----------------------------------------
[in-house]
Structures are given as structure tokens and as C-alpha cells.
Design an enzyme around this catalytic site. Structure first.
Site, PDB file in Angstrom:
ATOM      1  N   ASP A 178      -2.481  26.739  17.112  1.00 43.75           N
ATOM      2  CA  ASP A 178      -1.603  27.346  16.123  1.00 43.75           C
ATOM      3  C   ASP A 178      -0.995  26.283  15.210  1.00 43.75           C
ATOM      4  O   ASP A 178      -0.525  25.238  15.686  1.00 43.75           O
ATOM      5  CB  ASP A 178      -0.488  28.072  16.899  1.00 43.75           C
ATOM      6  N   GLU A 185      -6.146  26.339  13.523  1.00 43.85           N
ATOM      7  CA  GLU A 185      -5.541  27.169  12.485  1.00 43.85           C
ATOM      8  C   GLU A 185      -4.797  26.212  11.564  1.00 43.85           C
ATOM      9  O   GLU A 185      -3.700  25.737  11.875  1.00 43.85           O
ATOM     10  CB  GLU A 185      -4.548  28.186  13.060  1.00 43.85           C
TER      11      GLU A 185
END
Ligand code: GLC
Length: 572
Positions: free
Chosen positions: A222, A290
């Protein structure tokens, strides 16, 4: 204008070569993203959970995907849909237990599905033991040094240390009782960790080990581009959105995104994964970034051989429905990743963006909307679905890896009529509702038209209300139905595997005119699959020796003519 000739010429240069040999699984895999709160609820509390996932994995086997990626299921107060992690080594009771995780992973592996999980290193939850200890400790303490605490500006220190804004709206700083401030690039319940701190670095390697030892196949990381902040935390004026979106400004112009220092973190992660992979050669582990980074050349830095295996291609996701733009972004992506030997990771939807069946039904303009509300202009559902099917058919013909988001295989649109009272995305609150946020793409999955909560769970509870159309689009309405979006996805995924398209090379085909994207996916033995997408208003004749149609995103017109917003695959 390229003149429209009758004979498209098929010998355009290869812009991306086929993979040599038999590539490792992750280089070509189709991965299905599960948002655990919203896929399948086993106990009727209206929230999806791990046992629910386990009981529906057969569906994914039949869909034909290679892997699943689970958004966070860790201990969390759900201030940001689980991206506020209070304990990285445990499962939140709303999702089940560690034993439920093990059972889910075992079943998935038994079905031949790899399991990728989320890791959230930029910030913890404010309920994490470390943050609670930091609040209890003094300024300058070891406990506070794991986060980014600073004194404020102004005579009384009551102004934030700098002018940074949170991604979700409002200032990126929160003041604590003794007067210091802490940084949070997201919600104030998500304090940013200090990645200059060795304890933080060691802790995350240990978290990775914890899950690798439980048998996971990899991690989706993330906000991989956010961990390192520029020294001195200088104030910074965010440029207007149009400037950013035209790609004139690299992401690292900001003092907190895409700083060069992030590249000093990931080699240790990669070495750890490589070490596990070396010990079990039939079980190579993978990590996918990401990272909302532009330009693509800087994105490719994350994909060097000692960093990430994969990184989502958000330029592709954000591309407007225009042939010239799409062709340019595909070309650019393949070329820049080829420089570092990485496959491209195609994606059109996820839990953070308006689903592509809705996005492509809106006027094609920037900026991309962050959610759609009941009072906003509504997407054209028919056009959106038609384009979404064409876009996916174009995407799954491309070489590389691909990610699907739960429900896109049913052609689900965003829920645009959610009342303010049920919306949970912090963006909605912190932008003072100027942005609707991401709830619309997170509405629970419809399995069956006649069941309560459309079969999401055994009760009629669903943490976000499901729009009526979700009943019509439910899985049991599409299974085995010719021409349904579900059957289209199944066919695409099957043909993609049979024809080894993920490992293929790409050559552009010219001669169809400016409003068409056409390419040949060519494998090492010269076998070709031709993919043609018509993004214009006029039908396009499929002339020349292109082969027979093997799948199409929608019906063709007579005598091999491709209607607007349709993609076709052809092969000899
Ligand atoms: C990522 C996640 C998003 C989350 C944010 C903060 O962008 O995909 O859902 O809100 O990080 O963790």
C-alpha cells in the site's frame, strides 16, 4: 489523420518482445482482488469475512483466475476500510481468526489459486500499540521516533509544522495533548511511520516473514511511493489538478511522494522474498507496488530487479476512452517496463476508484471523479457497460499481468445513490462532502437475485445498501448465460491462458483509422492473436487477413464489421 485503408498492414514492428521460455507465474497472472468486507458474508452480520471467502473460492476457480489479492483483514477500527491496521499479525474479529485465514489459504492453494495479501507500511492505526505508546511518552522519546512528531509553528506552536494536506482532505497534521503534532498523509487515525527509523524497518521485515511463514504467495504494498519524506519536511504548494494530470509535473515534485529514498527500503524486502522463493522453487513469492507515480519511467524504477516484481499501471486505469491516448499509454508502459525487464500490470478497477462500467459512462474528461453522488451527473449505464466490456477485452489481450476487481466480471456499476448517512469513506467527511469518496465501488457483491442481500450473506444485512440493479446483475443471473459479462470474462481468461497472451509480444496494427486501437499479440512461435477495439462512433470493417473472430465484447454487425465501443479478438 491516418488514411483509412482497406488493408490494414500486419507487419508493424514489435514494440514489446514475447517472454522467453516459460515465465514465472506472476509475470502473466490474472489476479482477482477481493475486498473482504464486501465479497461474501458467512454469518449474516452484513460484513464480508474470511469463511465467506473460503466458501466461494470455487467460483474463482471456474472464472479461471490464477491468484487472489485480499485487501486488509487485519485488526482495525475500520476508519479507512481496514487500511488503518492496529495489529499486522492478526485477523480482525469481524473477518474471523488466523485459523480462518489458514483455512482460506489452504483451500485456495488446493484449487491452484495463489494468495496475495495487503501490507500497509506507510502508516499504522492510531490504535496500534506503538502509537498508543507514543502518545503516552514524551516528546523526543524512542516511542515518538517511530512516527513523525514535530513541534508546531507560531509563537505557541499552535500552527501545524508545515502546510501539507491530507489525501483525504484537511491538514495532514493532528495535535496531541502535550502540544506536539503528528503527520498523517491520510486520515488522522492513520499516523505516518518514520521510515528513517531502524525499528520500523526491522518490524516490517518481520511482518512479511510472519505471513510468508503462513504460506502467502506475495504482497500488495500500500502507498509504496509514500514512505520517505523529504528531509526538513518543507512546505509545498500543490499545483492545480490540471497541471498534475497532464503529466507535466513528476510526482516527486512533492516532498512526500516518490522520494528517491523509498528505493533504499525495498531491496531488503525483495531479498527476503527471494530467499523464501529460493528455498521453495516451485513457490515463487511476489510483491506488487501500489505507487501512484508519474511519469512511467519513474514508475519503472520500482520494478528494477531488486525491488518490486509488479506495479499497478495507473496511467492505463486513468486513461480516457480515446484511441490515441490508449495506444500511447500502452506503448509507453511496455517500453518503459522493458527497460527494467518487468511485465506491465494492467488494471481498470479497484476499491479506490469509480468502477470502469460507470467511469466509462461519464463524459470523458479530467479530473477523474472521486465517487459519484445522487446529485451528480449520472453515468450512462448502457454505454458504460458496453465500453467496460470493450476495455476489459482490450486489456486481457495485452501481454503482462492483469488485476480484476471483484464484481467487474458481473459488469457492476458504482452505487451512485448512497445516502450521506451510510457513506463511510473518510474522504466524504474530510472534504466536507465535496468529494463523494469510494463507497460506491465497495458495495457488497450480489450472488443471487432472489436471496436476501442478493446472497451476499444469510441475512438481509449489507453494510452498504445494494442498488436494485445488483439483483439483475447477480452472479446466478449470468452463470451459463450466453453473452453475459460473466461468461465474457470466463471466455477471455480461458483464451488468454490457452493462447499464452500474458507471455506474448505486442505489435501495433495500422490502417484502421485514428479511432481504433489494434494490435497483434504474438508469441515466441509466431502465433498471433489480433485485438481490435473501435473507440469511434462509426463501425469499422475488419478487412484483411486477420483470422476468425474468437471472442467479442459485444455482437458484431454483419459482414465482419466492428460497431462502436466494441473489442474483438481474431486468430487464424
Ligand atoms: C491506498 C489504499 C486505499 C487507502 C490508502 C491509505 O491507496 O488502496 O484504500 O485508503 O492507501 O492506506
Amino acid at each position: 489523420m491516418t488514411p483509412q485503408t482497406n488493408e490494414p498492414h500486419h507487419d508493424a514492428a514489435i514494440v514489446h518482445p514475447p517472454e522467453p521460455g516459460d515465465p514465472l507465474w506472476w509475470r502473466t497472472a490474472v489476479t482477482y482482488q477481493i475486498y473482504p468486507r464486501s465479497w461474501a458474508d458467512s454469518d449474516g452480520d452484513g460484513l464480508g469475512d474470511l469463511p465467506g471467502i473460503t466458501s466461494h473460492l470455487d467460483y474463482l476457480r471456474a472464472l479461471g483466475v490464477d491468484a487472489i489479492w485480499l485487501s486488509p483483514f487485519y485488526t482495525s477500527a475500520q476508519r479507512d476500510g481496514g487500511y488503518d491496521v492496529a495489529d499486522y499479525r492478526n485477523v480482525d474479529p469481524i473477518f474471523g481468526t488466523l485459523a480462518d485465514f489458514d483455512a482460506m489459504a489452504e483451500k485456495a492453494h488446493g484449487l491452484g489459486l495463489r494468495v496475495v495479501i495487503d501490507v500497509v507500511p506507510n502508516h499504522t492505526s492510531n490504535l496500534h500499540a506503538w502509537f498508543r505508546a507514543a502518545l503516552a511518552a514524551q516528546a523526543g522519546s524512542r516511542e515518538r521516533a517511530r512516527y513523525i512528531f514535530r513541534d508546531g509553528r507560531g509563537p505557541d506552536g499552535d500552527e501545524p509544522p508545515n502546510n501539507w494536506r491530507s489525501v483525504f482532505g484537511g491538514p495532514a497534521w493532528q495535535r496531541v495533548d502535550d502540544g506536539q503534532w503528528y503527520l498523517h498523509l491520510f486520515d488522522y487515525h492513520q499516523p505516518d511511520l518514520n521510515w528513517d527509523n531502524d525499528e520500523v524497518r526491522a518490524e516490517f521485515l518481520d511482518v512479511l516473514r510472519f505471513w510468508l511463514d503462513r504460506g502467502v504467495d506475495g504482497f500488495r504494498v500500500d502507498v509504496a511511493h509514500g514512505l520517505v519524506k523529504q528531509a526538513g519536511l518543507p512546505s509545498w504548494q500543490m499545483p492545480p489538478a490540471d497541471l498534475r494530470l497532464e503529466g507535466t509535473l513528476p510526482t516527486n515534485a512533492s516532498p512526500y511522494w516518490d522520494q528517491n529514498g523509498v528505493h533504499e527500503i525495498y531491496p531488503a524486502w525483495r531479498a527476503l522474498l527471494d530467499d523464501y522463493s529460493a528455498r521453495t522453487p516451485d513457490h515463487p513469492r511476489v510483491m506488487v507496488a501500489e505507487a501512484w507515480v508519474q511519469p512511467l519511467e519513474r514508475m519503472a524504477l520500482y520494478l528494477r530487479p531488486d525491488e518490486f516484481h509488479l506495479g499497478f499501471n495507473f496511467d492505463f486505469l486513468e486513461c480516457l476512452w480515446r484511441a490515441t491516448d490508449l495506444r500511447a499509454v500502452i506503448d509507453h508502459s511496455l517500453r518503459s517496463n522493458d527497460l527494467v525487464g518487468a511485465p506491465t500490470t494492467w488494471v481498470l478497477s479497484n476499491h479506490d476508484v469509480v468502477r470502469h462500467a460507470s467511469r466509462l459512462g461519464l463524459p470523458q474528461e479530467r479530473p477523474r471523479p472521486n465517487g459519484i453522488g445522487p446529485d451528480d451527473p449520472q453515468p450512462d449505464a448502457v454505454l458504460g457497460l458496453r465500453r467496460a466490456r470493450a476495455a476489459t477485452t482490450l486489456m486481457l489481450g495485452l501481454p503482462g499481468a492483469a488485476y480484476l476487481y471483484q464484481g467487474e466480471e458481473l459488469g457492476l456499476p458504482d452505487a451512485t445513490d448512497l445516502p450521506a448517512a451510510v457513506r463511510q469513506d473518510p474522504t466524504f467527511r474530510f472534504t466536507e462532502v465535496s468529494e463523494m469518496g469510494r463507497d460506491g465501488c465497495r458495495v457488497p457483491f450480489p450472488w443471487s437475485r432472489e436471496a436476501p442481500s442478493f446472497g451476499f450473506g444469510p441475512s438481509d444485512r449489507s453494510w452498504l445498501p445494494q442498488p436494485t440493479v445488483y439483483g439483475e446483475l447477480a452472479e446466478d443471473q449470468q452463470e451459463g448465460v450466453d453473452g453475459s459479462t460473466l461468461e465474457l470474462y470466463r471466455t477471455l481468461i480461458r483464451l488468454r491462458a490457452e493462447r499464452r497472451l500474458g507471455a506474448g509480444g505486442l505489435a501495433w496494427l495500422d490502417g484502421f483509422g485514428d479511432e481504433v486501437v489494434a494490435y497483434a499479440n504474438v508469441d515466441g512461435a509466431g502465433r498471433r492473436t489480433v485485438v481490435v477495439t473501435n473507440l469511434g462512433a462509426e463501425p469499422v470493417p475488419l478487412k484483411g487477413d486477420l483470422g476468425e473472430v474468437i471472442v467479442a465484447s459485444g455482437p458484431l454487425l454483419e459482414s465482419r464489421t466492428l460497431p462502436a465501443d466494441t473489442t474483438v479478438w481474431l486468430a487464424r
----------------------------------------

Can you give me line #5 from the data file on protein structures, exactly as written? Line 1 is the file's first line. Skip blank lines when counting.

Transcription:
ATOM      1  N   ASP A 178      -2.481  26.739  17.112  1.00 43.75           N